COMMENT - Black lives matter writes Fraser Watson

Black lives matter as worn by Jaydon Sancho

Powerful sporting images depicting unity in the fight against racial injustice do not.

Nor do black squares on Instagram, hashtags that trend on Twitter, or even howls of derision on Facebook. Such shows of solidarity can fleetingly raise hope, maybe even hint at revolution, but the impact is as futile as it is brief.

Sport, like society, can appear a formidable tool when it takes a stand. With sport, like in society, such stands can’t mask the insincerity, hypocrisy, and congealed chaos of the world that lies beneath.
A world where the craving to fight racial hatred, plays second fiddle to the tribalism that inadvertently governs it.

Sport speaks out - but tribalism reigns


The despicable scenes surrounding George Floyd’s death in Minnesota last week has sent PR initiatives into overdrive. On what was dubbed ‘Blackout Tuesday’, Liverpool, Chelsea, Leicester and Newcastle all projected images of their players down on one knee. Numerous clubs and individuals joined the social media movement and supporters followed suit. The message was widespread, the outrage made abundantly clear.

But speaking out against racism has always been the easy part. Having the fortitude to truly deal with what fuels it is a notion that sport has consistently failed to grasp.

Because it is here that tribalism reigns. Take the Premier League with Peter Schmeichel and Ian Wright, Luis Suarez and Patrice Evra, John Terry and Anton Ferdinand, or Spurs and Antonio Rudiger – just a smattering of the race related incidents whereby the clubs of the instigators pulled rank behind their own.
For Suarez and Terry, there were consequences. And yet, amidst their unrepentance and questionable explanations, came howls of injustice and unequivocal support from teammates and fans. 

In the build up to his £85 million dollar pay day, Connor McGregor publicly sent a racist jibe the way of Floyd Mayweather. Predictably, the slur went ignored by authorities. Holding the Irishman bang to rights would have damaged their respective brands far more than a farcical few rounds in Vegas ever could.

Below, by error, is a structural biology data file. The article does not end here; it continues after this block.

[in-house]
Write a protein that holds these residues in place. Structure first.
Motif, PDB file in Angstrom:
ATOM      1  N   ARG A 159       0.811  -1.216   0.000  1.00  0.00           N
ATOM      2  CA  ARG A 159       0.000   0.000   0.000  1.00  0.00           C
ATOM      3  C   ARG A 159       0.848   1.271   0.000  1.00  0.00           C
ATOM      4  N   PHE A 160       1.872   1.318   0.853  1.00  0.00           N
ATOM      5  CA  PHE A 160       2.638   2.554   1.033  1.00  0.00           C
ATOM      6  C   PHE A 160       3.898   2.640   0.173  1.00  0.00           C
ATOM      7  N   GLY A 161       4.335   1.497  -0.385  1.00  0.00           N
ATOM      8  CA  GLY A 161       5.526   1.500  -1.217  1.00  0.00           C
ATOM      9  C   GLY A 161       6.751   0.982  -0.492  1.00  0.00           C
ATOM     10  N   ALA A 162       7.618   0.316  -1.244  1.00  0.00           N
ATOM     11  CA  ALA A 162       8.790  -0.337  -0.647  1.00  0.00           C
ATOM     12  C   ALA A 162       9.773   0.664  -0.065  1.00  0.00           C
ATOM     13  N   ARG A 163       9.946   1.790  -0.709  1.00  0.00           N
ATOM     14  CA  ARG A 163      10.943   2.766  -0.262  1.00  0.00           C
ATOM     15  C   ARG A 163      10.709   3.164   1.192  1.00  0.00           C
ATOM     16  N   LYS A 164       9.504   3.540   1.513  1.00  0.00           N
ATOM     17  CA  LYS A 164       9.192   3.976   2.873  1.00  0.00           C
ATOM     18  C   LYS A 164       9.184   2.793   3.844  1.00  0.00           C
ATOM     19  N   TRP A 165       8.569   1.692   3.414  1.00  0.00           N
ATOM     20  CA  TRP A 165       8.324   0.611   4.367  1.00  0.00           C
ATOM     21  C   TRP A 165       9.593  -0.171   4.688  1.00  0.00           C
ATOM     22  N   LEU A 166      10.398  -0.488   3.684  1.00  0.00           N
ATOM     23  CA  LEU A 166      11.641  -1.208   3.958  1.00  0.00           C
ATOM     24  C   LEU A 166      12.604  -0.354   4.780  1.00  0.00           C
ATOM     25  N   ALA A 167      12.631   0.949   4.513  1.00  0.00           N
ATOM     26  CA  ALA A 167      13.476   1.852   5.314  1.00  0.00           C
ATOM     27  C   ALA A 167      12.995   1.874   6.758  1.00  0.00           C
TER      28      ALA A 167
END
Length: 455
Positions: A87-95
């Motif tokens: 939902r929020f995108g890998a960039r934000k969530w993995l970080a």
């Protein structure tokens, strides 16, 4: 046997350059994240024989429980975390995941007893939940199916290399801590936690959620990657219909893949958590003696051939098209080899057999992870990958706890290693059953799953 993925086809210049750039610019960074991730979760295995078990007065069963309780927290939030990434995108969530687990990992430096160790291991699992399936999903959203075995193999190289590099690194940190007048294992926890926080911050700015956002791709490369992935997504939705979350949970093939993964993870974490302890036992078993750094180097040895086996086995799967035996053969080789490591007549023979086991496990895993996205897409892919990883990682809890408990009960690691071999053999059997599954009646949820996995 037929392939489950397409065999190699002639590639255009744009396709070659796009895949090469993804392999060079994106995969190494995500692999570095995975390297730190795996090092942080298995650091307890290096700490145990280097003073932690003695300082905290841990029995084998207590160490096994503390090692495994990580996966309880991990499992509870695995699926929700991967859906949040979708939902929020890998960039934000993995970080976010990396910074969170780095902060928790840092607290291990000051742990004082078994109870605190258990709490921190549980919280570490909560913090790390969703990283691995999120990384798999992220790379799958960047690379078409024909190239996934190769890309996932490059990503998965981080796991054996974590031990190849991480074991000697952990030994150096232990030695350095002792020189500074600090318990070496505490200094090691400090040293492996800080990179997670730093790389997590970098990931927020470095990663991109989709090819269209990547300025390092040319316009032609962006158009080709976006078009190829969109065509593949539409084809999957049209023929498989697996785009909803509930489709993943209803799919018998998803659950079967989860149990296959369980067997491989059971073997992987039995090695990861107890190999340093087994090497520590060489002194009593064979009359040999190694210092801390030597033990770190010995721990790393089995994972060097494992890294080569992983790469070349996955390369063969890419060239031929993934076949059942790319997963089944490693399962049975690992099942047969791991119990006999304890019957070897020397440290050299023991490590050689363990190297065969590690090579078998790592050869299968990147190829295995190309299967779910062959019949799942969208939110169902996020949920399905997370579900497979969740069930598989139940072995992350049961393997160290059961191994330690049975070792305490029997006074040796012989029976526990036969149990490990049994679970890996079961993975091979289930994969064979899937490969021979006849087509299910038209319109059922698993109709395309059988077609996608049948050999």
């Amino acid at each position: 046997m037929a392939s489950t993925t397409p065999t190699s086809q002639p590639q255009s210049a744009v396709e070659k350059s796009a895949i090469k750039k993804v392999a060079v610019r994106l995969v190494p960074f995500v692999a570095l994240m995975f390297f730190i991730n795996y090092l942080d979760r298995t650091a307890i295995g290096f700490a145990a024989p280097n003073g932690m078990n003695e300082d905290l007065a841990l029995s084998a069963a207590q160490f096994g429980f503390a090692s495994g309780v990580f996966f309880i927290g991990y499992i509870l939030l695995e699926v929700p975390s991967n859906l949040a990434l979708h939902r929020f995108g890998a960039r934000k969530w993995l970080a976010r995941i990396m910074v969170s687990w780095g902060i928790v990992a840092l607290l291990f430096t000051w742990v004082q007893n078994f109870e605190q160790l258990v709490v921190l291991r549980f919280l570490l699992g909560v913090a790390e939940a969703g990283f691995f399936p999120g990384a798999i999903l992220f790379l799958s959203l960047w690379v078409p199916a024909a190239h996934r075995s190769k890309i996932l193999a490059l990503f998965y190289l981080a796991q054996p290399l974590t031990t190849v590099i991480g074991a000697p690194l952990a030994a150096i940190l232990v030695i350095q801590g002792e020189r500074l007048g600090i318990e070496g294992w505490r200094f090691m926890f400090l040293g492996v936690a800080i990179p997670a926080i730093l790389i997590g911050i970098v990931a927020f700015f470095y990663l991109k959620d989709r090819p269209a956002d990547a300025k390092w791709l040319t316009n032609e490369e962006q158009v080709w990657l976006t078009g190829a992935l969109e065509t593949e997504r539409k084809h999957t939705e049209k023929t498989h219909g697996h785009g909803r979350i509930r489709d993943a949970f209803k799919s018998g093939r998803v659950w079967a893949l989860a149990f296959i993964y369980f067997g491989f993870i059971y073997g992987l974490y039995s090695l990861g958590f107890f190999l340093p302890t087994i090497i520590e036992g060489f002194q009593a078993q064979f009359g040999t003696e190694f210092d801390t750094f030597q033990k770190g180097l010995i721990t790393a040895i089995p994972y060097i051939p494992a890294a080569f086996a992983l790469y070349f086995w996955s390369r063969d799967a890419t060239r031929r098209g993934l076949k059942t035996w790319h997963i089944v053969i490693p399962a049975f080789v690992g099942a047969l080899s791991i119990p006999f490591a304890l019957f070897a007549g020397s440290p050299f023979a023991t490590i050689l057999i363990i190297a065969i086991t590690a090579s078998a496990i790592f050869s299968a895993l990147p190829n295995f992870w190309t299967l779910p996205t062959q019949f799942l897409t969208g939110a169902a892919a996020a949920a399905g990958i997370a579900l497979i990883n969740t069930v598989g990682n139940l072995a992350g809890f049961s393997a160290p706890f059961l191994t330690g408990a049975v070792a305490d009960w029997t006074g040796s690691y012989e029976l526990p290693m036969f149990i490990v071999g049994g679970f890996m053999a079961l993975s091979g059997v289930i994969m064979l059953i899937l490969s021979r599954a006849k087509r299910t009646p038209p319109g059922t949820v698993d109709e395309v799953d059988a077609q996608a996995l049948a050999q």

Kevin Prince-Boateng walked off a football field to protest against racist abuse – and was promptly criticised by Sepp Blatter. Future NBA star Patrick Ewing grew up amidst banana skins being hurled his way on court. And with what is now shuddering irony, the NFL ostracized Colin Kaepernick for taking the knee during the American national anthem as a protest against police brutality.

All the above, are just microscopic elements of the collective issue that has plagued sport since time began.

Breaking through barriers

And for as long as we all exonerate our own, and racial protests are viewed as an irritation, and punishments are diluted to protect the stars that sell their brands – the instinctive stereotyping and flagrant ignorance towards the issue that so many of us have been guilty of will remain prevalent.
And that’s irrespective of our Instagram accounts.

For sport to break through the barriers won’t be simplistic. It will mean brutal honesty from those in contradictory positions. It will mean bravery from authorities. It will mean a willingness to stand up from the media. It will mean repentance.

Is my own conscience clear? No.

I grew up in changing rooms amidst quips like ‘mark the black lad, he looks rapid’. It didn’t even cross my mind to curtail such stereotyping.

As a journalist, in December 2014 I publicly defended Liam Williams after he ‘blacked up’ to depict Swansea City’s Wilfried Bony at a party. I didn’t see the harm - it was after all a mere tribute not an insult.

It was a stance born out of ignorance to the historical context – and my regret now doesn’t validate that.

Time to change is now

And the horrific scenes in America now must be the catalyst for sport to assess its own failings with racism. How many football fans have joined the #BlackLivesMatter movement, and yet days ago were scathing about Troy Deeney’s reluctance to return to football?

To some of course, Deeney’s fears weren’t born out of the devastating impact Covid-19 has had on the BAME community, or even his young son’s diagnosed breathing problems. It was just Watford bias. A far-fetched attempt to null and void the season and ensure his club survived. A hindrance to those who have trophies to win and want football back on the television.

Again, empathy for an ethnic minority footballer came a distant second to tribalism.

Sport is not directly responsible for George Floyd’s death, far from it. But the manner in which it has failed to tackle racial hatred continues to contribute to the under layer that plagues society. A plague whereby racism is called out, criticised, and combatted by stands of global unity, and yet seldom dealt with the severity that’s required.

So sport should spare us the noble gestures, the iconic images, and unified condemnation.
Black lives matter.

But unless you're truly addressing the issues that contradict that, speaking out does not.